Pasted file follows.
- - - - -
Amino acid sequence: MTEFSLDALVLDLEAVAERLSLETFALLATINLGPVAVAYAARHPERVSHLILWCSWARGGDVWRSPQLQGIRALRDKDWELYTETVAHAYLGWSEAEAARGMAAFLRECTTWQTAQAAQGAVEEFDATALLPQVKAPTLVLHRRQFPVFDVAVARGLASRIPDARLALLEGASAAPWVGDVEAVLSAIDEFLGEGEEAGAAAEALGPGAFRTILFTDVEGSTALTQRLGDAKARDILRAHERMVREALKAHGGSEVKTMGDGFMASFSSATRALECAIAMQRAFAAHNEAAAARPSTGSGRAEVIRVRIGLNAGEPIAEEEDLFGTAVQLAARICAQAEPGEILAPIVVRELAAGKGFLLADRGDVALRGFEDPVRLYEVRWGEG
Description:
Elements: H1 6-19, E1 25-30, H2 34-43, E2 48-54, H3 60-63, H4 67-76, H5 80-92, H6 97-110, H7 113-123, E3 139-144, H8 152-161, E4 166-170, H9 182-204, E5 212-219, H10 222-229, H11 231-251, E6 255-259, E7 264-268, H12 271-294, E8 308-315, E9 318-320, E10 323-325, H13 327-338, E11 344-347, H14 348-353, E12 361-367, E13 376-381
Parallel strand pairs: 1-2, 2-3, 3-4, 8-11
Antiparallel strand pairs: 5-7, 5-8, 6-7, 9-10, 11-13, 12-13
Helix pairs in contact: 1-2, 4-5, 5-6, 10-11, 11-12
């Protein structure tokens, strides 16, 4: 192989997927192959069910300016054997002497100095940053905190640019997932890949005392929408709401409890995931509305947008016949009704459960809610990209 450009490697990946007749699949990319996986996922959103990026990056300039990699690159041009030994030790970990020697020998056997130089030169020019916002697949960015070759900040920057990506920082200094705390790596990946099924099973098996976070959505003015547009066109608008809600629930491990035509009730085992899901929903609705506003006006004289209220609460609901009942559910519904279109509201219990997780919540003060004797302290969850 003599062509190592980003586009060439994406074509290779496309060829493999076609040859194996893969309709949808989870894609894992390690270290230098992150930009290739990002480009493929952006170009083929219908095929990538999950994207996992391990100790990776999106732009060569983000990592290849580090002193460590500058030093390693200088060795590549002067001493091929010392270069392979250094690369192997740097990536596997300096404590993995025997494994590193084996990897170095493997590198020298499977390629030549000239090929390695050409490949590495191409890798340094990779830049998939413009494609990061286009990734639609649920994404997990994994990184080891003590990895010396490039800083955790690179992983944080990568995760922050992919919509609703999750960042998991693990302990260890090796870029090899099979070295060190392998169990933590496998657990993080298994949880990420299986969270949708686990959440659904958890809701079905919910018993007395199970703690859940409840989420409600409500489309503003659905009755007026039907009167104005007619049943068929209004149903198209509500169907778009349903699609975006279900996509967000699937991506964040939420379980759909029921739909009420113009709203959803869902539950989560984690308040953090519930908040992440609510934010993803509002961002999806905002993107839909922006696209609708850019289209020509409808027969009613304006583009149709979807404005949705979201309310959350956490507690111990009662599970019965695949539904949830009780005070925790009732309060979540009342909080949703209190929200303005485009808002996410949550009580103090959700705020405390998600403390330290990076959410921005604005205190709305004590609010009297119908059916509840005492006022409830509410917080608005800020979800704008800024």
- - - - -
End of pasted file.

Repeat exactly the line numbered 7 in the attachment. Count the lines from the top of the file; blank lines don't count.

């Protein structure tokens, strides 16, 4: 192989997927192959069910300016054997002497100095940053905190640019997932890949005392929408709401409890995931509305947008016949009704459960809610990209 450009490697990946007749699949990319996986996922959103990026990056300039990699690159041009030994030790970990020697020998056997130089030169020019916002697949960015070759900040920057990506920082200094705390790596990946099924099973098996976070959505003015547009066109608008809600629930491990035509009730085992899901929903609705506003006006004289209220609460609901009942559910519904279109509201219990997780919540003060004797302290969850 003599062509190592980003586009060439994406074509290779496309060829493999076609040859194996893969309709949808989870894609894992390690270290230098992150930009290739990002480009493929952006170009083929219908095929990538999950994207996992391990100790990776999106732009060569983000990592290849580090002193460590500058030093390693200088060795590549002067001493091929010392270069392979250094690369192997740097990536596997300096404590993995025997494994590193084996990897170095493997590198020298499977390629030549000239090929390695050409490949590495191409890798340094990779830049998939413009494609990061286009990734639609649920994404997990994994990184080891003590990895010396490039800083955790690179992983944080990568995760922050992919919509609703999750960042998991693990302990260890090796870029090899099979070295060190392998169990933590496998657990993080298994949880990420299986969270949708686990959440659904958890809701079905919910018993007395199970703690859940409840989420409600409500489309503003659905009755007026039907009167104005007619049943068929209004149903198209509500169907778009349903699609975006279900996509967000699937991506964040939420379980759909029921739909009420113009709203959803869902539950989560984690308040953090519930908040992440609510934010993803509002961002999806905002993107839909922006696209609708850019289209020509409808027969009613304006583009149709979807404005949705979201309310959350956490507690111990009662599970019965695949539904949830009780005070925790009732309060979540009342909080949703209190929200303005485009808002996410949550009580103090959700705020405390998600403390330290990076959410921005604005205190709305004590609010009297119908059916509840005492006022409830509410917080608005800020979800704008800024």